Written Sunday, October 12.
We are currently just outside Etosha, Namibia’s famous national park, and very much enjoying the first rain we’ve seen since we’ve been here. It’s so refreshing, and the lightning storm is something else.
We’re staying at a campsite where you can see cheetahs (did you know they meow like kittens??), as well as leopards and brown hyenas. As the latter two have been entirely elusive for us so far, it’s a bit of a bonus before we head on a night drive at Etosha tomorrow.
We didn’t do too much sightseeing or touring in the past week. It was probably the longest pause we had taken since we left Johannesburg. As mentioned in Week 6, we found a free campsite with free wifi and took it as sign to relax for a couple of days while catching up on writing and hanging out with Brian, the Londoner we had met in Opuwo.
And a Break-In
Tuesday we were going to set off nice and early to go to Windhoek, the capital, to get some errands done. Unfortunately, as some of you may have read on Facebook, that was the night our campsite neighbours had their camper broken into and no one really slept after that. It really made us a lot more cautious than we had been, and when we did finally leave for Windhoek a bit later than intended, we were newly organized with some game plans for securing our belongings.
But it wasn’t that easy. As the day wore on, a delayed fear set in and we started to get really paranoid (culminating with me in tears because I didn’t want to die yet). Truth? It’s exhausting to travel and fear for your life. It didn’t help that Windhoek had a reputation for being unsafe either. I realized we had to stop replaying the events over and over in our minds and get back to the (somewhat saner) place in our heads that we were just after the break-in happened: learning what we could from it, but knowing we were safe. Regardless, it was another sleepless night.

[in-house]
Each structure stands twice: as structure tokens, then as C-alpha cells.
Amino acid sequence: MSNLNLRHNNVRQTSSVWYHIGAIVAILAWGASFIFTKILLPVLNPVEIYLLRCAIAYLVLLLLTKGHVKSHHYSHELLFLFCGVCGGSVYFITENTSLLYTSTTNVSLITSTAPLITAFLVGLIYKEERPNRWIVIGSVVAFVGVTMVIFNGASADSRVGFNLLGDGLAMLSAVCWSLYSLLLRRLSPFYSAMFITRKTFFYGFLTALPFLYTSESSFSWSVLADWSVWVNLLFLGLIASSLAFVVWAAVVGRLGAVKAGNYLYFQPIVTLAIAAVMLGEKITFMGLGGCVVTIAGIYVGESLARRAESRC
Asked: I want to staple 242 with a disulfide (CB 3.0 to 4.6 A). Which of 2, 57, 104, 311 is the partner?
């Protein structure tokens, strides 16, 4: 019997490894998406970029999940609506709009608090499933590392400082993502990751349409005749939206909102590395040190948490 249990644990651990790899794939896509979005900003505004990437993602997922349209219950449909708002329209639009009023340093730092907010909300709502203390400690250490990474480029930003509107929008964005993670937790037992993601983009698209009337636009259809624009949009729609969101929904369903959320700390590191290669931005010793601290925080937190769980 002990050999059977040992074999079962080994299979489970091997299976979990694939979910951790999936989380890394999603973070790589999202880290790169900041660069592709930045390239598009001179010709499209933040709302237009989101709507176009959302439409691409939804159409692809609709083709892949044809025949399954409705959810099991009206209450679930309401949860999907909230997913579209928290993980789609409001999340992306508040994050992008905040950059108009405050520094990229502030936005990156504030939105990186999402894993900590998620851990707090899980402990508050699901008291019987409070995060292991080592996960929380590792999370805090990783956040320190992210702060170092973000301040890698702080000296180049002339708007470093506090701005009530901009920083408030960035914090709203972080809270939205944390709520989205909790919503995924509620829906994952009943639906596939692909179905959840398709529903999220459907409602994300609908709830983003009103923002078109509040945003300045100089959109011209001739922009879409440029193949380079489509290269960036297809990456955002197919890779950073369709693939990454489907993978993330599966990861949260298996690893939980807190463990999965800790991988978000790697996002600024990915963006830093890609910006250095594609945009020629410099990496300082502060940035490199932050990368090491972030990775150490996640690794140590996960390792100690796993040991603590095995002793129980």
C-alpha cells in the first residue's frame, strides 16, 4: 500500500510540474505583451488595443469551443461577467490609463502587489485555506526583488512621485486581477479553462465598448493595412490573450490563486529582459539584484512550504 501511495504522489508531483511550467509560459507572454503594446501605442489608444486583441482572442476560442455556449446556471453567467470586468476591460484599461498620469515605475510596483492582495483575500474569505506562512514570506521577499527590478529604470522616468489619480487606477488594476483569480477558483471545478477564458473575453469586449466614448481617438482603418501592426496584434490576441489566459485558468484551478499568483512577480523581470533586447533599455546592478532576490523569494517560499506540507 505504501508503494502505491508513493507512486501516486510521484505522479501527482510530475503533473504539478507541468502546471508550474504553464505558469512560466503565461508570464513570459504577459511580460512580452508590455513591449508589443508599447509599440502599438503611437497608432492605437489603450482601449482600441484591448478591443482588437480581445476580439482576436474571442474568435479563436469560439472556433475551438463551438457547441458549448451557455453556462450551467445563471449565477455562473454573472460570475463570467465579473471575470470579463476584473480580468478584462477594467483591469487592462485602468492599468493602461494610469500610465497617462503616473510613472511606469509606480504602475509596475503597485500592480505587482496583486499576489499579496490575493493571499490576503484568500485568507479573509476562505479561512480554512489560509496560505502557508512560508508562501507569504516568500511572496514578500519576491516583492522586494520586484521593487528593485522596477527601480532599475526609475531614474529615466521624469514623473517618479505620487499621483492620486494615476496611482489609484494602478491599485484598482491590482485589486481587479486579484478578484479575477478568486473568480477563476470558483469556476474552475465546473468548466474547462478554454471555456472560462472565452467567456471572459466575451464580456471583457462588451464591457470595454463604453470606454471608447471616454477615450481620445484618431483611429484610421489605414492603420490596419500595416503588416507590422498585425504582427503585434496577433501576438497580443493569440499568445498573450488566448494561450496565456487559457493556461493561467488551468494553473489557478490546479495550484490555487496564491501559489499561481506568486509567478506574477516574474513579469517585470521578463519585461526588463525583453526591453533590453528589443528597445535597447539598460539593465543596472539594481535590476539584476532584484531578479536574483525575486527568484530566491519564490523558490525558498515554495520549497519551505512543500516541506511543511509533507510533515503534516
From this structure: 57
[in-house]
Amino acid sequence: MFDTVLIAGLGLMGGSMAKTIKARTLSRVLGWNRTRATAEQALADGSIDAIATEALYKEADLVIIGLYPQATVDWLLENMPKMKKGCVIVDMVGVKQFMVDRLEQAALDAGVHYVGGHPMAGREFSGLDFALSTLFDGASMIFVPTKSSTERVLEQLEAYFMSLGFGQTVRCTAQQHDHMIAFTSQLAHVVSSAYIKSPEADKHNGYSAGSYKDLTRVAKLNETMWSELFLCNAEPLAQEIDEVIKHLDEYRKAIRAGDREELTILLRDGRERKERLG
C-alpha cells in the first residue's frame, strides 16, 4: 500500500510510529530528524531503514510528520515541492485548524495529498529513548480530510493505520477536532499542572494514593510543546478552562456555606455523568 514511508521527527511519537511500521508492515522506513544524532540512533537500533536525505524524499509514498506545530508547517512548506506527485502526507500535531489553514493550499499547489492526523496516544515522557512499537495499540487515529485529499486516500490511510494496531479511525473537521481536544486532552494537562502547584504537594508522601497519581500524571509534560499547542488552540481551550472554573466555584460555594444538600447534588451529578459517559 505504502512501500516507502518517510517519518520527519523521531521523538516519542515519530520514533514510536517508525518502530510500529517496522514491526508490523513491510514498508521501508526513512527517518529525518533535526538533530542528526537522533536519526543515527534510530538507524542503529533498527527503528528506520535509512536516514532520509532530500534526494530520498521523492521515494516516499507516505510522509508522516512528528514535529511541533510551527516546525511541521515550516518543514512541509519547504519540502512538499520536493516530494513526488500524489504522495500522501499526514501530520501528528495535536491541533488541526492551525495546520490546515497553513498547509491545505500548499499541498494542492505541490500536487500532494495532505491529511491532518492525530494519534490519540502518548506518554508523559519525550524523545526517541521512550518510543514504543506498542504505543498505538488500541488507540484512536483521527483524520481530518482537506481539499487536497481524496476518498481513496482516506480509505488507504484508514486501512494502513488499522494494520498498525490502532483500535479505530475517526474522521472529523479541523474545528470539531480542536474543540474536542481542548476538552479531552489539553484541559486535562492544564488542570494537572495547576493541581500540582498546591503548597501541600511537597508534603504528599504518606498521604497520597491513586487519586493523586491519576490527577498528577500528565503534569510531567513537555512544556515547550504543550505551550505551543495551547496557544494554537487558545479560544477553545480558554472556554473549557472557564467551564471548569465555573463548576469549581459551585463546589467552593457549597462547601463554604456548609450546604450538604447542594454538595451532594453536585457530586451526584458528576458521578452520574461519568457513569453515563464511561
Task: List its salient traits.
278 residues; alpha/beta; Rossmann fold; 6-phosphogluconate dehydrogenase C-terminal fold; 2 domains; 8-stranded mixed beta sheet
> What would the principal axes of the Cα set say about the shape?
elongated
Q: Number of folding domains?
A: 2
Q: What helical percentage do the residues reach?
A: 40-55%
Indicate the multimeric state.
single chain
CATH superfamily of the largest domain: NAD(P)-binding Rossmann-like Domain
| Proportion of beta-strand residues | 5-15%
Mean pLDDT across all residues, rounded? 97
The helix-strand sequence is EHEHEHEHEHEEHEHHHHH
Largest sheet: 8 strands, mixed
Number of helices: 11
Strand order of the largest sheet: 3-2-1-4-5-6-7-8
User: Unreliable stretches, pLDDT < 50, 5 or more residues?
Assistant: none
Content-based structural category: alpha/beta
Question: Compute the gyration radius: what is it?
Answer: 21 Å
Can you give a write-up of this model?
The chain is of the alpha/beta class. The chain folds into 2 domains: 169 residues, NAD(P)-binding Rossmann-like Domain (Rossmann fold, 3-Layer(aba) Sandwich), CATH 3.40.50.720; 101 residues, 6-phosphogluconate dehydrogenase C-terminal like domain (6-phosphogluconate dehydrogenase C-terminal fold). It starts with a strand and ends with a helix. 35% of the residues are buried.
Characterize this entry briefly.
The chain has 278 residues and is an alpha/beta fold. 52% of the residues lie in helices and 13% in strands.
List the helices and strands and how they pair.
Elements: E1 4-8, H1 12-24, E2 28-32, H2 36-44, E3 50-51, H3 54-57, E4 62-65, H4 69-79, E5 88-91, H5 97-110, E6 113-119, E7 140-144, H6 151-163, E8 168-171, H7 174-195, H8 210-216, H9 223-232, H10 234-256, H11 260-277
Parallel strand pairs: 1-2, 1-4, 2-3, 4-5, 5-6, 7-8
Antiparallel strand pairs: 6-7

Luckily, Windhoek was a pleasant surprise and most of our errands went off without too many snags. The main thing was a small administrative oversight – most of the countries we want to go through from hereon in require passports to have a 6-month validity….Moreno’s didn’t. So, new passport applied for, delicious breakfast (oh how I missed avocado!) devoured, Land Rover parts found, and Brian’s timing belt picked up (he, too, was having vehicle troubles and couldn’t actually leave the campsite). Then there was a new pillow purchased (true story: I had been sleeping on my fleece for the past month) and new books gotten from Uncle Spike’s Book Exchange. And, a car wash! Success!
Then it was back to Kamanjab for another few days of nothing (and to celebrate Brian’s birthday) before our first day in Etosha. Verdict so far? Great! We saw 11 different species at one waterhole!! (Note: Elephants terrify all of them). Tomorrow we stay inside the park and have a chance to see the watering hole at night.
No idea where we’ll be this time next week, but I’ll be turning 30!! :D
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